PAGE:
Boko Haram militants have killed at least 21 people in attacks near the northern Nigerian village of Chibok, news agencies reported Friday, as the radical Islamist group steps up its violent campaign ahead of national elections.
The group's nearly six-year insurgency has ravaged wide swaths of northern Nigeria, and the inability of the Nigerian security forces to quell the violence has turned into a major election issue.
The violence prompted election officials to postpone the vote from earlier this month until March 28.
News agencies said the militants were fleeing a government offensive when they conducted the raids on at least two villages.
Chibok was thrust into the public consciousness last April, when Boko Haram kidnapped more than 200 schoolgirls there. The abduction prompted a viral Internet campaign under the hashtag #BringBackOurGirls.
Nigeria's military said Thursday that airstrikes hit Boko Haram bases in the northeast and killed a "large number" of militants. Air force jets targeted training camps and weapons dumps in the Sambisa Forest and the town of Gwoza, two Boko Haram strongholds, a military statement said.
The claims could not be immediately confirmed.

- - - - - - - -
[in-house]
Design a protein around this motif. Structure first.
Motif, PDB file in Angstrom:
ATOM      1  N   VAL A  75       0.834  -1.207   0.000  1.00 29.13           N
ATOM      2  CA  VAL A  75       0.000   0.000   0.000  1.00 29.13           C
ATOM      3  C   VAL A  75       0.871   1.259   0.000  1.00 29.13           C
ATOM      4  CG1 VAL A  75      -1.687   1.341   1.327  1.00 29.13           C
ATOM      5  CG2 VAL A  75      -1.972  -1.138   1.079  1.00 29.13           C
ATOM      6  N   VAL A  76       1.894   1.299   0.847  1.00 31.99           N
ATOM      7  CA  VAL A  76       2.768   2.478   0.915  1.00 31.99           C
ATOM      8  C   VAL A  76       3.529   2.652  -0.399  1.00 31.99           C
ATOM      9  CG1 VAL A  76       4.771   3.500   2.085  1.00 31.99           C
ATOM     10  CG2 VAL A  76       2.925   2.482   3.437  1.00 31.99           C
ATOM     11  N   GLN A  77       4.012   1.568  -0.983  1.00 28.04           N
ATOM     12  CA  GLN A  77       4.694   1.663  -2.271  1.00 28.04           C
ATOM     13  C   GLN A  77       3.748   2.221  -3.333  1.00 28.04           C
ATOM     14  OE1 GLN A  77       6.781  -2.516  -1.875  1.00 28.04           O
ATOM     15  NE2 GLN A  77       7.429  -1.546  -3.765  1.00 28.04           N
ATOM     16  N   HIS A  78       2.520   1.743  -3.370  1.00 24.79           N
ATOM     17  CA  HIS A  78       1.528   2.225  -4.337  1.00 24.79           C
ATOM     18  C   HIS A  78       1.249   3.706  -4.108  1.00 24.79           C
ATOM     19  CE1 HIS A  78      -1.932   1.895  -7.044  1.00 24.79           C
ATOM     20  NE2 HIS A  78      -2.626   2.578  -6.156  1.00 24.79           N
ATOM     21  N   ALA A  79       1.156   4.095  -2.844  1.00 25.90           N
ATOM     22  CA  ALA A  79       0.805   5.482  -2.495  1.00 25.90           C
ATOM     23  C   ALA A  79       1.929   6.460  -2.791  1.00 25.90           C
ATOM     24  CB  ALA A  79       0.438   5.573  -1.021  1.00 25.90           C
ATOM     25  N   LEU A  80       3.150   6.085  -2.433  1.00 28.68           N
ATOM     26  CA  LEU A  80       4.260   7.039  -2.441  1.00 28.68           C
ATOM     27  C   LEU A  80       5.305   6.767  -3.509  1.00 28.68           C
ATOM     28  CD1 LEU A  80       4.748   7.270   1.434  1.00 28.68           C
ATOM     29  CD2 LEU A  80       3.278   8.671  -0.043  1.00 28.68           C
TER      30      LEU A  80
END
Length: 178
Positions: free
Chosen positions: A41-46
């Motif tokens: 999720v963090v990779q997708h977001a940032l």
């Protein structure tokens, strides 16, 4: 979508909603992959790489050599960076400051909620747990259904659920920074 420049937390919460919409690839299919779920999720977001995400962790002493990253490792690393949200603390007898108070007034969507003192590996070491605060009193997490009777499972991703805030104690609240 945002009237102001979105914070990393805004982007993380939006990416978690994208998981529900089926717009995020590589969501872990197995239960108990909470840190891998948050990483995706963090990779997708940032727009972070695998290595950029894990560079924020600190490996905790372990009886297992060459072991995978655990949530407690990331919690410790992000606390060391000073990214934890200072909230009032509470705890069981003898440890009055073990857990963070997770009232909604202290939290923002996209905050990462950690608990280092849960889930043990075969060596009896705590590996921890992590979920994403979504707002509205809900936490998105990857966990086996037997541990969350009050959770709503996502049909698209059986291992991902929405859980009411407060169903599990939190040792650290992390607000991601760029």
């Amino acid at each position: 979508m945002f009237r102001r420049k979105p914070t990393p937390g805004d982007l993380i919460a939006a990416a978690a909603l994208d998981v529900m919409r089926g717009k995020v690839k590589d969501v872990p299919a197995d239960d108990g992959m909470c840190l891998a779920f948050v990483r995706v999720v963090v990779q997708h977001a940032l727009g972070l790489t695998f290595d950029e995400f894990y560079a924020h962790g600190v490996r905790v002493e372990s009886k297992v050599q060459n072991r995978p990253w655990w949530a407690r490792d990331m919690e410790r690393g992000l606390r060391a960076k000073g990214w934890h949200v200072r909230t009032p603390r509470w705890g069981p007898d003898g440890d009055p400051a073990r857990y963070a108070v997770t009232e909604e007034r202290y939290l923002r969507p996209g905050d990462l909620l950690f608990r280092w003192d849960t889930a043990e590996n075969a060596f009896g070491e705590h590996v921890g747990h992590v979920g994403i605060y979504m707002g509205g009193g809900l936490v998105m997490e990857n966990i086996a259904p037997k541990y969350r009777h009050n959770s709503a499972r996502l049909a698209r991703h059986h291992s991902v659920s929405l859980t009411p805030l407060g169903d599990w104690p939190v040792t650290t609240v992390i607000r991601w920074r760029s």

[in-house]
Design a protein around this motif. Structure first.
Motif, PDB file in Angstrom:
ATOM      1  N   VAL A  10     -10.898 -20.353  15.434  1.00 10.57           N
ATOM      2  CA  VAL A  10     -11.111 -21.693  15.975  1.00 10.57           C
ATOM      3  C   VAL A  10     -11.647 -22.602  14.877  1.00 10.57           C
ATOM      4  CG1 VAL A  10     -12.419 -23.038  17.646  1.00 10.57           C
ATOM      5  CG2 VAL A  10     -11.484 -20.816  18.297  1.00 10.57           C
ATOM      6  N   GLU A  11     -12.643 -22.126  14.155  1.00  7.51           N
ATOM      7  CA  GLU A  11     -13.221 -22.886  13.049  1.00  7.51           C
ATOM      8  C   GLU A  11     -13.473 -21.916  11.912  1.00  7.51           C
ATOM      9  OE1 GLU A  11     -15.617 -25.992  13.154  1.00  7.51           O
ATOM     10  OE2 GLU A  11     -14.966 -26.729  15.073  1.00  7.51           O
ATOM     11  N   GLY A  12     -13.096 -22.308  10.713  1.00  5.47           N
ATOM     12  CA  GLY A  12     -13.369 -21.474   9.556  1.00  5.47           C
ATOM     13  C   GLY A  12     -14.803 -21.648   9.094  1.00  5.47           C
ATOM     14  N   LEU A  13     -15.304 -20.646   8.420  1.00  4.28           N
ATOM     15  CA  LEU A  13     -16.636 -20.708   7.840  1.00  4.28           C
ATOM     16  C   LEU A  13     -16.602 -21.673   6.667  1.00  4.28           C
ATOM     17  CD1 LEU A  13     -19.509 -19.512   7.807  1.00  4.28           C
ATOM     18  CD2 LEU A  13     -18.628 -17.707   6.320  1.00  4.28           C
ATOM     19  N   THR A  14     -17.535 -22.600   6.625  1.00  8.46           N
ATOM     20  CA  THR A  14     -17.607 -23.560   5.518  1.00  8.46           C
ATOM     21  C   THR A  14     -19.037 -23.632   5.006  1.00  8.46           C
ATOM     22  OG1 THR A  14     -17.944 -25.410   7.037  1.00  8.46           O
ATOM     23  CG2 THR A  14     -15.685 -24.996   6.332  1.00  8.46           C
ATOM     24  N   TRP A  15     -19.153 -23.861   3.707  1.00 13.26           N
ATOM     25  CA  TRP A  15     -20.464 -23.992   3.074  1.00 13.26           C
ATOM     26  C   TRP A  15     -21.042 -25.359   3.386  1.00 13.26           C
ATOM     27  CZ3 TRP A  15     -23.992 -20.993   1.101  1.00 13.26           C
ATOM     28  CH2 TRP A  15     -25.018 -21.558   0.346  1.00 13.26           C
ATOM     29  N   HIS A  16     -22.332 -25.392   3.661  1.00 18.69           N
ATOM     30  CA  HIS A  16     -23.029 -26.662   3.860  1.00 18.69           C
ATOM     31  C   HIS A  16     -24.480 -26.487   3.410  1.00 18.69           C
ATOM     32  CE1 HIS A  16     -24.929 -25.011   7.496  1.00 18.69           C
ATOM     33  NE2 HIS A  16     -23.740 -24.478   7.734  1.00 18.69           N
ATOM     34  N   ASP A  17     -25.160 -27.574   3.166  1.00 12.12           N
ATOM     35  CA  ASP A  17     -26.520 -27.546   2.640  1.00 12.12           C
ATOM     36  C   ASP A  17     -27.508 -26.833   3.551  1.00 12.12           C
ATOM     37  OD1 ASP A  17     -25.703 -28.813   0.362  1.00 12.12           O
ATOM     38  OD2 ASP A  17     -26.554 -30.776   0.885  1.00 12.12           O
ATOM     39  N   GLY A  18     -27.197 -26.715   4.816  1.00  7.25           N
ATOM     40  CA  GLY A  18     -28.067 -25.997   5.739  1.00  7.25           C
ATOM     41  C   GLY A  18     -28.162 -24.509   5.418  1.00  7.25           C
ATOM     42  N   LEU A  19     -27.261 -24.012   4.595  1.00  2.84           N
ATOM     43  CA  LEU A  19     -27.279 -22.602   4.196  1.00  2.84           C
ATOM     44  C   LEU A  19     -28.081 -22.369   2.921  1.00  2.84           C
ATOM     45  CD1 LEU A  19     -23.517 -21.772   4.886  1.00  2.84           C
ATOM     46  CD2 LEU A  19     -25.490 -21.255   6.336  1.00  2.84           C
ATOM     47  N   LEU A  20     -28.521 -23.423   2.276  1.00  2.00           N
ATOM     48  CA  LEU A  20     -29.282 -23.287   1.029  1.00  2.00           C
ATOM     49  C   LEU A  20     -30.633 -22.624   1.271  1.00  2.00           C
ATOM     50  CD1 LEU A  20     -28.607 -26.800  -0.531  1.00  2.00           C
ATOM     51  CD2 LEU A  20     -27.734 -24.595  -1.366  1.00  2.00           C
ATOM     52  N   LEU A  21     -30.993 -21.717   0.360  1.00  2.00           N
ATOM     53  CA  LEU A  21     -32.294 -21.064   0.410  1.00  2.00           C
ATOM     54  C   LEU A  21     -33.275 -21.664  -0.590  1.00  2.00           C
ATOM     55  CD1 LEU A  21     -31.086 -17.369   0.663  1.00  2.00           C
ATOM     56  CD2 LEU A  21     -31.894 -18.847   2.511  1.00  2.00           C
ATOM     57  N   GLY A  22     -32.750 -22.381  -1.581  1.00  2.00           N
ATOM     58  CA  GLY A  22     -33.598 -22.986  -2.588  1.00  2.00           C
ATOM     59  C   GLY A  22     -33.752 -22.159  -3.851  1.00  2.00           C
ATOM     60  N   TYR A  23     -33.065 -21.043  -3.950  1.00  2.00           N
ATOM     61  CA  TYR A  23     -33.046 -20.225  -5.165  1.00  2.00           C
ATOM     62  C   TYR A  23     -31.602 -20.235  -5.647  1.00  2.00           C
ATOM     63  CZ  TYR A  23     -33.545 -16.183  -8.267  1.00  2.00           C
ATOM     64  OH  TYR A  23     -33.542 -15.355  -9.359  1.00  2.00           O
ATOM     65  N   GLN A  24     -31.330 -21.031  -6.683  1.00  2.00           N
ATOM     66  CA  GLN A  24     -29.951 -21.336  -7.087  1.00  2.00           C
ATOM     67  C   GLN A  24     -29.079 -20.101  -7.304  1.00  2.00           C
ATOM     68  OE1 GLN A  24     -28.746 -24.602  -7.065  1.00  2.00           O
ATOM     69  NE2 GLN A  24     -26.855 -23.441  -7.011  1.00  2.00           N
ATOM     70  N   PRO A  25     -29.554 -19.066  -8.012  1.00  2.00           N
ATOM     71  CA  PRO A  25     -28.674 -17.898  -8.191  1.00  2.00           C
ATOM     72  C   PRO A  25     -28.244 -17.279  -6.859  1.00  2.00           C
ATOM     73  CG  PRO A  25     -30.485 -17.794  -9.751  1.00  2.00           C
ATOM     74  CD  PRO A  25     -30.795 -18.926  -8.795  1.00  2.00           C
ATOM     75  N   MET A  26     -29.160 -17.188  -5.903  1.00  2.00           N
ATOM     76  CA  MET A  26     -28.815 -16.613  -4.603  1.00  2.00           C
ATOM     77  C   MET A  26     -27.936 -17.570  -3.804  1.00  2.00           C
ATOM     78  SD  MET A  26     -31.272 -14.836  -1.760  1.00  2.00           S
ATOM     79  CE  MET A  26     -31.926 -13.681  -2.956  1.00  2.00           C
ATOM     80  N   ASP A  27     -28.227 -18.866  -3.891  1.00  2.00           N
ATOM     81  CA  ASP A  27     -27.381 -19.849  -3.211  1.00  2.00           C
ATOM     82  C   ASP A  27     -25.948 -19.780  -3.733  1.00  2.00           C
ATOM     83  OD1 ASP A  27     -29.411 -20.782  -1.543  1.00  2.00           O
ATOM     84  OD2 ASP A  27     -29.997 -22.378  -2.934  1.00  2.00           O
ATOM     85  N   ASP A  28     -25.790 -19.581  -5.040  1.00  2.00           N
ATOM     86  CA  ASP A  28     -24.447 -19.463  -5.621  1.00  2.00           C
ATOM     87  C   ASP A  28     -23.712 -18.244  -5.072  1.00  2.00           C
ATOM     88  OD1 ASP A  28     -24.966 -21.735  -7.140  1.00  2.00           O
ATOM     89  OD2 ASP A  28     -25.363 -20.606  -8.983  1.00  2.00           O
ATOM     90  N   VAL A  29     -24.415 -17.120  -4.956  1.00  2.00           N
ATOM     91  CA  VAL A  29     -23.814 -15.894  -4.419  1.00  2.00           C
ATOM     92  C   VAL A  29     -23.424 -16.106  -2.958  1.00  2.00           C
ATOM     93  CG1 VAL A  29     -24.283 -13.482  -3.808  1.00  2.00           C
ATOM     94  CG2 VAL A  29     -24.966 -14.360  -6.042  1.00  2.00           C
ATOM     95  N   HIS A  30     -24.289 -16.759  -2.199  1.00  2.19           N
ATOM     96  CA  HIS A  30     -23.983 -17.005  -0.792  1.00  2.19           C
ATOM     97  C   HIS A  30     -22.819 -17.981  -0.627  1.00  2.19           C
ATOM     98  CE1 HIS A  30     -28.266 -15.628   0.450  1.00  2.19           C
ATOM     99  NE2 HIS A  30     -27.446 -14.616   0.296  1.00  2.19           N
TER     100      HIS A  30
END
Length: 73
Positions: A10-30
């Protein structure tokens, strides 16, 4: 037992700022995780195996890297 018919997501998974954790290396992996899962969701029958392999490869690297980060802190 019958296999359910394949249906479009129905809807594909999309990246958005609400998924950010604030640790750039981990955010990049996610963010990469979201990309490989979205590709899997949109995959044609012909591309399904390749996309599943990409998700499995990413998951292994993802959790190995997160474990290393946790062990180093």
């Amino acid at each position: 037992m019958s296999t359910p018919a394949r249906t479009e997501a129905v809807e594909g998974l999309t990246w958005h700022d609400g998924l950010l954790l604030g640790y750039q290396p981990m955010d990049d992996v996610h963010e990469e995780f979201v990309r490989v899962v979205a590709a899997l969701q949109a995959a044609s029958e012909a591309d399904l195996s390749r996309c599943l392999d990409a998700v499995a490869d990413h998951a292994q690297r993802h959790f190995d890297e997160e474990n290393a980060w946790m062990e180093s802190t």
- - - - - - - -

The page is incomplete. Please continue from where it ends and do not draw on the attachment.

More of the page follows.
Sambisa is a vast forest that stretches into parts of five Nigerian states and has been a hideout for the Islamic extremist group for years.
Nigerian security forces have claimed successes against Boko Haram, most recently on Wednesday when military forces said they had killed more than 300 militants and retaken 11 towns.
The statements, however, are hard to verify due to fighting and the disruption of mobile phone service in much of the northeast.
Fighting has also intensified in the past month, after Niger, Chad and Cameroon all began deployed larger forces against the militants.
Earlier this week, Boko Haram's leader Abubakar Shekau threatened to disrupt the March 28 election, the latest in a series of threats that have warned Nigerians not to vote.
Witnesses said Boko Haram fighters burned down much of a town in Borno state (Askira Uba) on Sunday and Monday. On Tuesday, bombs went off at three locations around Nigeria, causing dozens of casualties.
The group has killed thousands in the past five years in attacks on schools, towns, markets, churches, mosques and government targets. Last year, the militants seized numerous towns in the northeast to create what Shekau called a caliphate.